If you’re as unadventurous and easily satisfied as I am, I suggest getting the same pastry at every store, because eating 5 of anything at once is kind of funny, and also because it’s interesting to really understand one food very well. The best deal is the croissant, which is usually around a euro. (Ok, the best deal is actually baguettes, which are a euro for a lot more bread, but if you can eat five baguettes at once, you most definitely have a tape worm and you should deal with that issue before you go on a relatively insignificant date…) I have a theory that there are two basic types of croissants- The kinds that are crisp and flaky, and with every bite you hear a crunch  that sounds vaguely like “You’ve made it in this world” (Lol), and the kinds that are so drowned in butter that the layers of dough have been welded into one soggy, doughy delicious.  Prove me right? Prove me wrong? Whatever. If you have self-control and patience, you can take your 5 pastries and eat them in Luxembourg gardens, but you’ll be starving, so if not, that’s fine too. Finish your food first then  walk through the gardens, take some selfies and head over towards Saint Michael.

1:30 pm- Make your way towards Notre Dame. Stroll along the urine-scented banks of the Seine, professing your love for… air fresheners.

1:35 pm- Go into Shakespeare and Company and work on your best starving artist impression. Watch out for the cat upstairs. It’s weird. I have another theory- I think the people in charge of book placement make it so that you can’t walk more than two steps without seeing a book you know and can say a sentence or two about prominently displayed(The Great Gatsby is on like every other stand, for example). This makes you feel knowledgeable and worldly, and builds a sense of identity in all shoppers as serious book-readers, that, in turn, makes them want to buy more books than they normally would. While you’re in there, you find yourself having these great conversations about literature and life, and as soon as you leave, you realize you just reiterated everything your high school English teacher put on your 11th grade syllabus.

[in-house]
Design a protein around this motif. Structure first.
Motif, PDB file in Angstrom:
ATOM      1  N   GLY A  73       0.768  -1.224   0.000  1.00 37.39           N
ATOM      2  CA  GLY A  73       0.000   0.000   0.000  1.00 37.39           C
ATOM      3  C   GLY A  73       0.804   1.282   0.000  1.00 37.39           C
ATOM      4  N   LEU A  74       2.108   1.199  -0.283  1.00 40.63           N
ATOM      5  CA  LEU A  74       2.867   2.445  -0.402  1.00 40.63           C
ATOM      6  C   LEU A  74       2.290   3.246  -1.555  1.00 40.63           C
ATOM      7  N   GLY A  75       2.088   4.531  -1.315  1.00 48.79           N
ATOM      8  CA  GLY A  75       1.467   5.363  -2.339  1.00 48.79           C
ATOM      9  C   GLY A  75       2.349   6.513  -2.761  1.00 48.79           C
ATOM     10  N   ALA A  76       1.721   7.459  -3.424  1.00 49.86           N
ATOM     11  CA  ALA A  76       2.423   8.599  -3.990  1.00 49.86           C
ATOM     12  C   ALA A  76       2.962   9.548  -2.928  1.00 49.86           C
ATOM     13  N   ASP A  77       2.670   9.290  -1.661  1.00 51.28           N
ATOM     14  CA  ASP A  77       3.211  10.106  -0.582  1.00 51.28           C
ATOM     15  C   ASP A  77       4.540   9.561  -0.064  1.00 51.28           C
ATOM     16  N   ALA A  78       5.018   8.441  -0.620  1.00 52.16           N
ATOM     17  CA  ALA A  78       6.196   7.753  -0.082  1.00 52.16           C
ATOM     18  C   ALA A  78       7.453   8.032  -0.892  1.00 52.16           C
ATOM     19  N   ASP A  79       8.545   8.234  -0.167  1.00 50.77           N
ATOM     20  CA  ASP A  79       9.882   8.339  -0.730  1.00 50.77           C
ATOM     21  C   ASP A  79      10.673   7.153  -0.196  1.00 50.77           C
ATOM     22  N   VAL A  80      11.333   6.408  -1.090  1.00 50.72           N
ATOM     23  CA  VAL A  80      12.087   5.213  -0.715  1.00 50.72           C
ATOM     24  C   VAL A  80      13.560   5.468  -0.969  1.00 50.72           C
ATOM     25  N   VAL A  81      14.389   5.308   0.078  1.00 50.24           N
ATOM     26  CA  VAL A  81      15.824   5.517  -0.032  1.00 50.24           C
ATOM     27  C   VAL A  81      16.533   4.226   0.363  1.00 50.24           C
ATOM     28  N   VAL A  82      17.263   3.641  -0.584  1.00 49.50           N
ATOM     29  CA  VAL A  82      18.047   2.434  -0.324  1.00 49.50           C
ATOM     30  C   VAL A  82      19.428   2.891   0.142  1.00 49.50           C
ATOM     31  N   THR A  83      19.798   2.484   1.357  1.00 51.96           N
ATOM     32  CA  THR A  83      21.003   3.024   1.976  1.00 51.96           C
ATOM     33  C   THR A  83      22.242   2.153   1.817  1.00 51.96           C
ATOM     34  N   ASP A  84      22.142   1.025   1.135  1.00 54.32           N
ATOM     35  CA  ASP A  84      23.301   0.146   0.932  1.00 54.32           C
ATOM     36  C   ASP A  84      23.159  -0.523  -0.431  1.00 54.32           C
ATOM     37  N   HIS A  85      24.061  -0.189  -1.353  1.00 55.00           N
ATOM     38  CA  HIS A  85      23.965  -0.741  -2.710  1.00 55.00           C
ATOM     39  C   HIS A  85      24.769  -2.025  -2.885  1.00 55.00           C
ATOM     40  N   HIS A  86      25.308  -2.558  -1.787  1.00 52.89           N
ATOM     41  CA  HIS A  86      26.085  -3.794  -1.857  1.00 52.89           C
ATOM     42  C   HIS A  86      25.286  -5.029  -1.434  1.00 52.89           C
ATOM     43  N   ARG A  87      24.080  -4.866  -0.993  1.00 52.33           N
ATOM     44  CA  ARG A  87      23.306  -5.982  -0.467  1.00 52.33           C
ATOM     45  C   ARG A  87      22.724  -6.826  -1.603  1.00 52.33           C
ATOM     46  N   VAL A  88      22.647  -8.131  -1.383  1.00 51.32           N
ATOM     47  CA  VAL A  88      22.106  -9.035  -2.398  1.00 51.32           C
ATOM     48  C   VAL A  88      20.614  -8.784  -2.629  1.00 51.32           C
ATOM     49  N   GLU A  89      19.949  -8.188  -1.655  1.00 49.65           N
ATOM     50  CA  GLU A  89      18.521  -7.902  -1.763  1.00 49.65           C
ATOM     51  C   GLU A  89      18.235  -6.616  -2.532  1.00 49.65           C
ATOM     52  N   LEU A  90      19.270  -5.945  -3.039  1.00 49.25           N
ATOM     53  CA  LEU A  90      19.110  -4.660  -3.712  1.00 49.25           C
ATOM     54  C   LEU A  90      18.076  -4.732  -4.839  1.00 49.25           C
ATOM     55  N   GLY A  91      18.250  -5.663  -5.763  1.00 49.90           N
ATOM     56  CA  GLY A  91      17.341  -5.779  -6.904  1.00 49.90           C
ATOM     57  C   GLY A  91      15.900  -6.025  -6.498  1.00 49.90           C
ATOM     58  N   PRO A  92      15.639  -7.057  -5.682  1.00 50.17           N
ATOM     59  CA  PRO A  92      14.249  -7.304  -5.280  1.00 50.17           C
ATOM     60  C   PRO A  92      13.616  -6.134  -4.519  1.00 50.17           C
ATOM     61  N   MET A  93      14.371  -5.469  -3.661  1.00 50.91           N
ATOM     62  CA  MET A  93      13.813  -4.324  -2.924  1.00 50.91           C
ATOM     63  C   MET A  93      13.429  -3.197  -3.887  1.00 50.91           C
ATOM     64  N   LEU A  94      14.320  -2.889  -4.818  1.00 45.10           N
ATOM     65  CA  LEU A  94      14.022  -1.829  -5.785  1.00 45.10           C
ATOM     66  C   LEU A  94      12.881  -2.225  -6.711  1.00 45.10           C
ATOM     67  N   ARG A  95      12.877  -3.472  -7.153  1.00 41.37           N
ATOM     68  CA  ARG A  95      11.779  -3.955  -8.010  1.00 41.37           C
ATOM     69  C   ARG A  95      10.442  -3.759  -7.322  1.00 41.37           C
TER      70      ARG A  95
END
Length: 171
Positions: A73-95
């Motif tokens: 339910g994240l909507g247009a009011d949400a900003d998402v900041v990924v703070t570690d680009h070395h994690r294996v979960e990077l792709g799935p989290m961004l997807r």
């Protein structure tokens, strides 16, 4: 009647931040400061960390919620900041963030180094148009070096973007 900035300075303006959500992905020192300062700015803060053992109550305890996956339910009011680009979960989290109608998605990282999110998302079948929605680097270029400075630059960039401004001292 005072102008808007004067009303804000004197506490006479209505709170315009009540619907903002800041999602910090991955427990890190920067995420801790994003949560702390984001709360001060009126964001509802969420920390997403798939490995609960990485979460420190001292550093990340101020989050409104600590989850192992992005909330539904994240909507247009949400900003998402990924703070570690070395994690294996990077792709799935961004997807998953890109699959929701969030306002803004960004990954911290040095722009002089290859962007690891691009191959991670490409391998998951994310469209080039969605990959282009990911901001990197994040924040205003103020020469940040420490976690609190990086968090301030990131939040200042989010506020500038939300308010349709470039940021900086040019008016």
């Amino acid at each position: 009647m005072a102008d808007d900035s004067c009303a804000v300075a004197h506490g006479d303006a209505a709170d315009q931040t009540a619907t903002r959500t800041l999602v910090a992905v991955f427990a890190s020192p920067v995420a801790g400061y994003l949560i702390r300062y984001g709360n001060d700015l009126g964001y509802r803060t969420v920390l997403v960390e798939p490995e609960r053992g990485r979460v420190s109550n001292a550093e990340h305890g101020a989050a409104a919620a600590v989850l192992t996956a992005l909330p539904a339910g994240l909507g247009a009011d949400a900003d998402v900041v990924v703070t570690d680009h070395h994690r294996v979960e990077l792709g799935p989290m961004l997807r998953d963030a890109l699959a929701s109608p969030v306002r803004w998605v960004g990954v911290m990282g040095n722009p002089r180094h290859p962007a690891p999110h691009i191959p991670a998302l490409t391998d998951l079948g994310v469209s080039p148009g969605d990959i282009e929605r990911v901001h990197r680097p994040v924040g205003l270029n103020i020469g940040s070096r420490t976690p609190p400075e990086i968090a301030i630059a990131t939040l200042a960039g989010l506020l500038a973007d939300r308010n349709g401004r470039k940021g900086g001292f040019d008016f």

2 pm- Rent out some bikes (called Velib). This takes a bit of planning- you need to get a pass online beforehand. Then, bike from Notre Dame to Sacre Coeur. (There is no real reason for this specific route, I just did it the other day with my friends and it was the most fun I’ve had in Paris. Also, Sacre Coeur is touristy in the best way.)

2:45 pm- Navigate your way around people trying to sell you friendship bracelets and make your way to the top of Sacre Coeur. Don’t look at the view til you’re at the top! I make everyone I go with promise not to ruin the amazing view with less-amazing views. Walk around Montmarte for a bit, or, if you’re willing to part with 6 euros, do to the top of Sacre Coeur. I haven’t done this, but it looks awesome.

3:45 pm- Walk to Centre Pompidou (Yes, you CAN metro, but it’s only 20 minutes less and you’re missing out on some cool above-ground sights.)

4:45 pm- Either go into the museum or walk around the area depending on whether you and your date are shoppers or artistes, (I know, I know, there IS no binary, but sometimes you have to make a choice.) though after Shakespeare and Company, you may have had your fill of Parisian artiste for the day. Spend a few hours shopping or museum-ing until you’re hungry.

7 pm- Find the falafel that this area is famous for. Eat falafel. Stay as long as you want- no one’s going to kick you out, and you’re probably exhausted from this crazy day/date.